Browns 2021 draft: A pass rusher for every round

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Jeff Risdon
·5 min read
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One of the biggest remaining holes on the Cleveland Browns roster after the first couple of weeks of free agency is the starting DE/EDGE spot opposite Myles Garrett. The team signed Takk McKinley and Malik Jackson as veteran additions, but neither should prevent GM Andrew Berry and the Browns from finding a more permanent solution to replace Olivier Vernon in the starting defensive lineup.

The 2021 NFL draft offers scores of different options. It’s not a top-heavy class, but with the Browns not picking anywhere near the top of the draft, that’s just fine.

Here is a pass rushing prospect for the Browns draft spot (before trades) for each of the draft’s seven rounds, with an eye for fit in Cleveland and how we expect Joe Woods’ defense to operate.

First round: Azeez Ojulari, Georgia

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Ojulari has been a frequent projection for the Browns at No. 26 overall. His first step and explosive speed around the edge are calling cards, and very impressive ones at that. Ojulari has the ability to embarrass slow-footed tackles, and he improved his overall moves and ability to shed blocks in 2020. At least early in his career, Ojulari is probably just a pass rush specialist. At 240 pounds and lacking anchor strength, he's not adept at run defense other than chasing down plays. It's a tradeoff for a dynamic threat who can consistently live in the opposing backfield on passing plays.

Second round: Joseph Ossai, Texas

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After his impressive pro day testing, it might be a stretch to have Ossai available when the Browns pick in the second round at No. 58 overall. His speed, ability to snake inside and nonstop effort on every snap are all eminently desirable traits. He began his Longhorns career playing more off-ball LB, and that can still be seen in his limited pass-rushing repertoire. Ossai still relies heavily on winning with speed and quickness, though the hand usage did improve with more reps. The anchor strength and vision to play tighter to the formation still need work. If Browns defensive coordinator Joe Woods is looking more for a hybrid OLB, Ossai is a great choice.

Third round: Carlos Basham, Wake Forest

(AP Photo/Chuck Burton)

Basham goes by "Boogie" and he has the potential to hot step all over the defensive front. At 6-foot-6 and 285 pounds, he can be like Sheldon Richardson and play either inside or as a powerful base end. Sometimes it worked great for Basham, who can fire out the arms and jolt blockers upright effectively. But he doesn't always follow up the initial move quick enough, and Basham is guilty of playing too much one-on-one instead of within the context of the team defense. That's a coachable issue and Basham has the athletic profile that a coach like Browns DL coach Chris Kiffin will want to work with. When he was fresh and fired up, Basham was one of the best and most positionally versatile pass rushers in this class.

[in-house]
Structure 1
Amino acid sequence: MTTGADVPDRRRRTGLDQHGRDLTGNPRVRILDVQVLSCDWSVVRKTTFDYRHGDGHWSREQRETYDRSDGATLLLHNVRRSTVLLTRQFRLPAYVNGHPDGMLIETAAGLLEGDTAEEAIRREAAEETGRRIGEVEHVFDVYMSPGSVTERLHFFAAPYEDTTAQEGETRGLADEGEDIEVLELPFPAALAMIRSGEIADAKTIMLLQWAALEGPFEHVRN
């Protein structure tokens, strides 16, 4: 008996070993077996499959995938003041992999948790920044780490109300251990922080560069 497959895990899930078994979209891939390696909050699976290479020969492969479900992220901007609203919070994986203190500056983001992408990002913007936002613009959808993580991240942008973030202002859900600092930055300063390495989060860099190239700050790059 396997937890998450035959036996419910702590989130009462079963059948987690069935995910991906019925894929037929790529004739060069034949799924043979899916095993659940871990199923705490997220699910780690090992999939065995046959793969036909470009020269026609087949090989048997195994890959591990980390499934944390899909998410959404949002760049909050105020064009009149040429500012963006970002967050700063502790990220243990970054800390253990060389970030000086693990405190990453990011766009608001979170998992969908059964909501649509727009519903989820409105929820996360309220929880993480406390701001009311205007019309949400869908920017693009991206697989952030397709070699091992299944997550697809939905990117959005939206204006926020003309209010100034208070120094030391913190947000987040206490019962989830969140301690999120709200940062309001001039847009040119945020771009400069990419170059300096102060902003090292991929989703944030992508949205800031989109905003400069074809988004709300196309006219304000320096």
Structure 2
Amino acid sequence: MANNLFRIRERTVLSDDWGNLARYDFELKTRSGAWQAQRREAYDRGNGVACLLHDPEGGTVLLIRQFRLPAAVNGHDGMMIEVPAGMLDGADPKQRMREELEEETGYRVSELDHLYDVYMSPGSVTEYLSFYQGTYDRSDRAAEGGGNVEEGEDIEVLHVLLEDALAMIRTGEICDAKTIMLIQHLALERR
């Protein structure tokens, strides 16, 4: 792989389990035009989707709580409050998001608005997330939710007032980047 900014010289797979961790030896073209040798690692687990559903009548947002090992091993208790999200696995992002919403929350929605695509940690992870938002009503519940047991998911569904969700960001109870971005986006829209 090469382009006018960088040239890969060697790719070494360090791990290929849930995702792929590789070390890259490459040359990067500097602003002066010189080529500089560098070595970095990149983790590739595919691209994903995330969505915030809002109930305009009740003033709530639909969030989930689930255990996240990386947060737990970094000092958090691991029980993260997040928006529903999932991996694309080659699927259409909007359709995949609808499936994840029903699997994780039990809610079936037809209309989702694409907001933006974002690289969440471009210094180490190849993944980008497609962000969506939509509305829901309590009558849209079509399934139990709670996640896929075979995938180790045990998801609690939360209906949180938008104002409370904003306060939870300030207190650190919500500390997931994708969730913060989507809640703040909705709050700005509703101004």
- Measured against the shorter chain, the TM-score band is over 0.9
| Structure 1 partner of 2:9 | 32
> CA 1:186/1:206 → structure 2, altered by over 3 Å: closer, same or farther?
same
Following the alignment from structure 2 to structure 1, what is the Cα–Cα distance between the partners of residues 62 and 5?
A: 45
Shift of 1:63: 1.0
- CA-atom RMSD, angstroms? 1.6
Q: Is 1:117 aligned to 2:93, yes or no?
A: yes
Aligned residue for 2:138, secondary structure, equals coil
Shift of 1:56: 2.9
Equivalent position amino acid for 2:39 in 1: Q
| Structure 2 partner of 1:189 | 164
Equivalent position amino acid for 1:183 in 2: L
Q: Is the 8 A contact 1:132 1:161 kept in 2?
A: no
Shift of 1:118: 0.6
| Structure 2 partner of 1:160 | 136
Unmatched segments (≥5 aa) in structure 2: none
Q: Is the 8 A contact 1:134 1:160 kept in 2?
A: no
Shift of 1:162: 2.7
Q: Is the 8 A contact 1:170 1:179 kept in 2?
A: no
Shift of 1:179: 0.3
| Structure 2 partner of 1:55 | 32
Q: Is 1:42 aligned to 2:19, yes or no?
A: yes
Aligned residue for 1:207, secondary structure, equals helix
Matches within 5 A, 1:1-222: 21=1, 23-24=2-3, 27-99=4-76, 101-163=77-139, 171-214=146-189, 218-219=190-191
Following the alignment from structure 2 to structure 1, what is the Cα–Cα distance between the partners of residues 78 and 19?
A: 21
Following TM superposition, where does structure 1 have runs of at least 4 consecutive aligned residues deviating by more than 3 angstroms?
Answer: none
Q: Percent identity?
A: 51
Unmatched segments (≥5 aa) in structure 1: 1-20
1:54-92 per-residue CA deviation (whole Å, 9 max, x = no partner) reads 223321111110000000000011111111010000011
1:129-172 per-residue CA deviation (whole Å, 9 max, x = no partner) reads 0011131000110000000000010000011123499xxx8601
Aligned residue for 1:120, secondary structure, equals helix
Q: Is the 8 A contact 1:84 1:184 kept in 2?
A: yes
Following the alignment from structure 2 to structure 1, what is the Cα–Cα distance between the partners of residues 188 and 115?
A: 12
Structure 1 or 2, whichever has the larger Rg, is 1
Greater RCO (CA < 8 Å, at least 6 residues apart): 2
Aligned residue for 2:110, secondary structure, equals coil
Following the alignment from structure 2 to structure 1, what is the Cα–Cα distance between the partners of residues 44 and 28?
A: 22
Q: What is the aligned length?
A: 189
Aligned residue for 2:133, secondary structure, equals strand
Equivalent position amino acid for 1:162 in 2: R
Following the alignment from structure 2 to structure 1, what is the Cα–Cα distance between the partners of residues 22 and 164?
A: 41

Fourth round: Dayo Odeyingbo, Vanderbilt

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Drafting Odeyingbo is an exercise in patience. He's a hulking presence capable of sliding inside at times and handling his business. The length is there at 6-foot-6 and he's quicker than expected for a guy who plays in the 270-pound range. https://twitter.com/Jordan_Reid/status/1336418632210010117?s=20 Alas, he's likely to miss at least a significant portion of the 2021 season. Odeyingbo tore his Achilles in January. Prior to the unfortunate injury, he was generally projected as a second/third-round pick.

Fifth round: Tarron Jackson, Coastal Carolina

(AP Photo/Rusty Costanza)

Jackson is built like a tank for a defensive end and his style of play befits his build. At 6-2 and 254 with 32-inch arms, he looks more like an undersized tackle, but he flashes the burst off the snap and the closing speed to play as an end. How he translates from playing against non-Power 5 competition with his playing style is a big question. He has the strength and the barrage of power-centric moves to be effective, but it will need to get proven. Jackson's Senior Bowl week playing more as an exclusive EDGE showed flashes of effectiveness but some work to be done as well.

Sixth round: Joshua Kaindoh, Florida State

(AP Photo/Gary McCullough)

Kaidoh absolutely looks the part of a fearsome edge presence. At 6-foot-5 and 260 muscular pounds, with long arms and well-developed legs, it's easy to get excited about the potential in Kaidoh. Unfortunately, it didn't translate into actual football results often enough for the Seminoles. He's got moves and can dip under the tackle nicely, but everything seems like it moves a count too fast for him. When he was the aggressor, Kaidoh had some impressive reps at creating pressure and collapsing the pocket from the outside. But he had just one sack in the last two seasons. At this point in the draft, a player with physical traits like Kaidoh is worth the investment in the lottery ticket for a team like the Browns.

Seventh round: Malcolm Koonce, Buffalo

(AP Photo/Kamil Krzaczynski)

One of the most consistently disruptive players in college football, Koonce is an impressive athlete. He's got good hands and an effective jab/rip combination move that worked against all comers. Koonce doesn't offer much in the way of run defense, and he does get overpowered when blockers win the initial combat off the snap. If he can develop some countermoves and show a little more play strength, Koonce can stick as a pass rush specialist who can play standing up or from a Wide-9 alignment.

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